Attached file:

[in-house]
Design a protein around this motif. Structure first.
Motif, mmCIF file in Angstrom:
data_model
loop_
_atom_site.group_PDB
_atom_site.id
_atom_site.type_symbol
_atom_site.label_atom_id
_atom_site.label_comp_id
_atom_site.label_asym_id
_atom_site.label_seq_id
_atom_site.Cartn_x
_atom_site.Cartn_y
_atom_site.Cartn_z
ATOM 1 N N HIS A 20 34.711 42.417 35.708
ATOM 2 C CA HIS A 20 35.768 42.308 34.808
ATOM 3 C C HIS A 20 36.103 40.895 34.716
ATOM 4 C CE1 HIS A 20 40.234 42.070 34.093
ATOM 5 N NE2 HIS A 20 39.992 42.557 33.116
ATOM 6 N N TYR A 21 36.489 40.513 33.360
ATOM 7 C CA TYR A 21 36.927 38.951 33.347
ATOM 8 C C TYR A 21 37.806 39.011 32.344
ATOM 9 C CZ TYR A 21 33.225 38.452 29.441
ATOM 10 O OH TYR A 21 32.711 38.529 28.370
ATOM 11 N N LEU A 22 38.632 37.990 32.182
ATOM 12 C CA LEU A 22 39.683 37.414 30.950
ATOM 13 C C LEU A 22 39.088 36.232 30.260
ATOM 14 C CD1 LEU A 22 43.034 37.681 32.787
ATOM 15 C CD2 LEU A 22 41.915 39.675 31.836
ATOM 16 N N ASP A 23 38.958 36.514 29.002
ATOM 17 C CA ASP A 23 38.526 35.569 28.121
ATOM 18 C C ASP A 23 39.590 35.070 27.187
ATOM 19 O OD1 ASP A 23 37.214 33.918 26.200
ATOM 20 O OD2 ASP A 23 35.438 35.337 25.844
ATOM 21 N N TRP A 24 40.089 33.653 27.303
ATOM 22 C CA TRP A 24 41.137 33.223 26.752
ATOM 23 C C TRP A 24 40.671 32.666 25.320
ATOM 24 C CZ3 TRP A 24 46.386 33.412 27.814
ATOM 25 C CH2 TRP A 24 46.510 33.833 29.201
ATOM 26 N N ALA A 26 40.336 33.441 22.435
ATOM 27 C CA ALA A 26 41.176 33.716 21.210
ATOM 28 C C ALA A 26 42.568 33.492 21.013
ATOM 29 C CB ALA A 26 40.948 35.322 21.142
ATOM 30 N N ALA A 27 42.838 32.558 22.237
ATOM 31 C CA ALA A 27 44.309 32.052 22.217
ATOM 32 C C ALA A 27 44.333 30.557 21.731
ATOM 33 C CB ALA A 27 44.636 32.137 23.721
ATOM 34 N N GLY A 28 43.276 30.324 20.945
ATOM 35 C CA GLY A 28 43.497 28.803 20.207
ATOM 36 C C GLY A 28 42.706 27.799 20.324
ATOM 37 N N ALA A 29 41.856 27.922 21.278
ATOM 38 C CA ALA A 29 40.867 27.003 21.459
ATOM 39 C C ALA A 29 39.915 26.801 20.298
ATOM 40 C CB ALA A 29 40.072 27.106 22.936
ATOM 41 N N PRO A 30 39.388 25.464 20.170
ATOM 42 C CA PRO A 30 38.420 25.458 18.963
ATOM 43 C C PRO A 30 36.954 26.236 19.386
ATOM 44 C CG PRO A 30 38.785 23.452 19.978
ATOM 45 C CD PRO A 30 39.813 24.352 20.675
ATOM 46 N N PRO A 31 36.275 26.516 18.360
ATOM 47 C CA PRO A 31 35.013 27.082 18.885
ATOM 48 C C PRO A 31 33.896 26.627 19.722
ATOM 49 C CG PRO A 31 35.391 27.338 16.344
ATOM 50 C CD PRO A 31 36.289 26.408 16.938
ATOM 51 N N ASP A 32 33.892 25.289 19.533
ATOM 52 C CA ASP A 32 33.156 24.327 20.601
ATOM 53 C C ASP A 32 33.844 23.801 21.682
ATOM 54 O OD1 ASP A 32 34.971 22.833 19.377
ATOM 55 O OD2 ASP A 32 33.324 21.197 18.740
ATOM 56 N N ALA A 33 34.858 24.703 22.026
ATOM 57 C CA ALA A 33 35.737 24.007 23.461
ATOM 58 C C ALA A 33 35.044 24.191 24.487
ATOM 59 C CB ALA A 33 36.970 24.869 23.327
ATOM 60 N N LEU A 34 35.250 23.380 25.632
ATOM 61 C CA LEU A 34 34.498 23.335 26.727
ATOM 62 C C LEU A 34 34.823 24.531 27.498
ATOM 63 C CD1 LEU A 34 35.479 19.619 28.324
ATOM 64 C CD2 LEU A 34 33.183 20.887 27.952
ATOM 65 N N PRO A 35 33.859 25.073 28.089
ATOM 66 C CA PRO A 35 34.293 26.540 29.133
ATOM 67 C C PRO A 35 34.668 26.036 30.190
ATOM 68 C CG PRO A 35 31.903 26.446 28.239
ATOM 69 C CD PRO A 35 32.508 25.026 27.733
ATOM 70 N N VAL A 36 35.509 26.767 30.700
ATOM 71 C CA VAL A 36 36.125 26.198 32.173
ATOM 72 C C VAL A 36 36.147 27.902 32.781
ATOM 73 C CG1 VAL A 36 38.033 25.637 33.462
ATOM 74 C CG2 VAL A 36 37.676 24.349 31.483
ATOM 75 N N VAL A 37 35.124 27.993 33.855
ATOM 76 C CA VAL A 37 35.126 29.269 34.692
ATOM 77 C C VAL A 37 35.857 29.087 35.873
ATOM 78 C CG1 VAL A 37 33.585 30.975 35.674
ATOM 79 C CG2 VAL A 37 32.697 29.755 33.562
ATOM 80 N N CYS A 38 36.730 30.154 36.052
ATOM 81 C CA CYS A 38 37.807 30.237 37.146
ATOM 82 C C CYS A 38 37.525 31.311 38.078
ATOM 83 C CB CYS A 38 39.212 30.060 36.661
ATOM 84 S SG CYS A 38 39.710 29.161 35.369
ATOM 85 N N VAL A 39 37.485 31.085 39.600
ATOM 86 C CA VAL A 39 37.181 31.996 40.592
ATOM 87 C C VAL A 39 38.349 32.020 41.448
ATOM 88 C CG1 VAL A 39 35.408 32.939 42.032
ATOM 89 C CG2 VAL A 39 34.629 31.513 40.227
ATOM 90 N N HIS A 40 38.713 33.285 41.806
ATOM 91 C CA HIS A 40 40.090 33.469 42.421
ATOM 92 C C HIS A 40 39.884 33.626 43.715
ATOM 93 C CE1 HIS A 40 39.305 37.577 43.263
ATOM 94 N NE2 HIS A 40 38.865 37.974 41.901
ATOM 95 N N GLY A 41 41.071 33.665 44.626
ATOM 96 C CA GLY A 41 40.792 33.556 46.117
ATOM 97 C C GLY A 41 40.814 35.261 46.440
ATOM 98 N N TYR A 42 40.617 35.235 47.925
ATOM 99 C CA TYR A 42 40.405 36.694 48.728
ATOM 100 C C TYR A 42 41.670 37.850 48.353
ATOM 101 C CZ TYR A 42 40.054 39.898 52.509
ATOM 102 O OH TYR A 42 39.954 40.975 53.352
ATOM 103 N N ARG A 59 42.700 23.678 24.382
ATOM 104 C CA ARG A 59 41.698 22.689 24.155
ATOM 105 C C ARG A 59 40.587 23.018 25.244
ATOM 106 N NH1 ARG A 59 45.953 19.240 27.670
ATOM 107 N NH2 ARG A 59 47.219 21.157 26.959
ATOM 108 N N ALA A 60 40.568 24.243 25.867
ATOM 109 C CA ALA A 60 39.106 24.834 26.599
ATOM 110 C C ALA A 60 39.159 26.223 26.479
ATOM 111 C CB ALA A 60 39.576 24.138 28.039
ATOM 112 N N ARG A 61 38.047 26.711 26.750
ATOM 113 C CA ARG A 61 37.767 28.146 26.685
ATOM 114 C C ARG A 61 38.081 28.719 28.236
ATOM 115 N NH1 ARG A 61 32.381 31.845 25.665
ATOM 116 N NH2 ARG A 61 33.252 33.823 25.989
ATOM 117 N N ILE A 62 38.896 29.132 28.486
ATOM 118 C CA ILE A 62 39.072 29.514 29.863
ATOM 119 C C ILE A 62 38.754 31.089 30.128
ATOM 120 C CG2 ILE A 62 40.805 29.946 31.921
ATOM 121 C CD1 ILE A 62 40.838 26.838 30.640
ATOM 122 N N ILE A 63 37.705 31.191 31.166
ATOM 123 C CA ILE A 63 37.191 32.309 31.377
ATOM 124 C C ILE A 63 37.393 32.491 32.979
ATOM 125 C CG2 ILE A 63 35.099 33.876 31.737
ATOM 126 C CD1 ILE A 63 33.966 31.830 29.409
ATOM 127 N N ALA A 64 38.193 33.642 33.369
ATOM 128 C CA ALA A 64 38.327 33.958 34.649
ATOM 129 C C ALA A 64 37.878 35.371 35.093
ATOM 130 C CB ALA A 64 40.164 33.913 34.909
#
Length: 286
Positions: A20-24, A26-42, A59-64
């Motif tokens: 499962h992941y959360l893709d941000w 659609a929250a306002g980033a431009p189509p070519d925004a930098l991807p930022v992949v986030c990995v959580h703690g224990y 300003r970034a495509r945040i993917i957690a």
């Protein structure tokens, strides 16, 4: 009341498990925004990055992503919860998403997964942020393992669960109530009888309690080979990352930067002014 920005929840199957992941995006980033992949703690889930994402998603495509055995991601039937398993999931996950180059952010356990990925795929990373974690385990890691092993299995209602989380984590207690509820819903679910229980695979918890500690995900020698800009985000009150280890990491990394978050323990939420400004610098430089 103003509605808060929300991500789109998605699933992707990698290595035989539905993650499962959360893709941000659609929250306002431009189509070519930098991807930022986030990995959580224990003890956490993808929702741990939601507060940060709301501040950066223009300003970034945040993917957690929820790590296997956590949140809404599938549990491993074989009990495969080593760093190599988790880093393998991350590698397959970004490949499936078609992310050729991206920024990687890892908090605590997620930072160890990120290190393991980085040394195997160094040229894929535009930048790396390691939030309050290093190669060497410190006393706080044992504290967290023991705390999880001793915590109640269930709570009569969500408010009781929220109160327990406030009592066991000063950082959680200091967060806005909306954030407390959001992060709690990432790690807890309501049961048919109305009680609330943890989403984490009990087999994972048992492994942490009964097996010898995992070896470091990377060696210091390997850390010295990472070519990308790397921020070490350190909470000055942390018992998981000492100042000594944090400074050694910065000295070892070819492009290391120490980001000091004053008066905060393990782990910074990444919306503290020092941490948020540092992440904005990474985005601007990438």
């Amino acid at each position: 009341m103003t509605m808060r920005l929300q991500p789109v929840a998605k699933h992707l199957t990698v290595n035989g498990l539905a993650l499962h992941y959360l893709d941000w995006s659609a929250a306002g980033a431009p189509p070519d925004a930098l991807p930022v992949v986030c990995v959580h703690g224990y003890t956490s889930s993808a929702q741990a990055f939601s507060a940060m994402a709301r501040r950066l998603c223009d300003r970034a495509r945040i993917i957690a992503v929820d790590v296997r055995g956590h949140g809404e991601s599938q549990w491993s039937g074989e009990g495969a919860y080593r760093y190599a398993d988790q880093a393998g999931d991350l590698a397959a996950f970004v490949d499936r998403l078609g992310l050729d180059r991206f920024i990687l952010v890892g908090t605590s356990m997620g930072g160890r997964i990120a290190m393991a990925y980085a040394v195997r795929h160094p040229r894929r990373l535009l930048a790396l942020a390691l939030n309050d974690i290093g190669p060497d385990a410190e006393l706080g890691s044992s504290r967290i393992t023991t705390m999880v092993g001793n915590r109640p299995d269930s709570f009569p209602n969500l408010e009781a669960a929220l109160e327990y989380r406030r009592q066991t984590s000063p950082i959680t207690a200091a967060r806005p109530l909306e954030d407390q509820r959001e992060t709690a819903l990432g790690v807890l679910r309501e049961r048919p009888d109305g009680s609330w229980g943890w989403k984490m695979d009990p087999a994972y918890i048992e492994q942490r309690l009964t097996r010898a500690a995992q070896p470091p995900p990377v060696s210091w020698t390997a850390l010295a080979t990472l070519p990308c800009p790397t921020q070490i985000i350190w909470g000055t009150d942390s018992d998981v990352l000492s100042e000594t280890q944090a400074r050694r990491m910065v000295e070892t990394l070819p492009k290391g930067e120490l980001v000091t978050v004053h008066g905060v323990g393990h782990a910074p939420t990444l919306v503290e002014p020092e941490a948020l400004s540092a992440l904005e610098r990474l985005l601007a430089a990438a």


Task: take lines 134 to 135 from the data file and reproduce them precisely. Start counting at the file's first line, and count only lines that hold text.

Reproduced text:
ATOM 119 C C ILE A 62 38.754 31.089 30.128
ATOM 120 C CG2 ILE A 62 40.805 29.946 31.921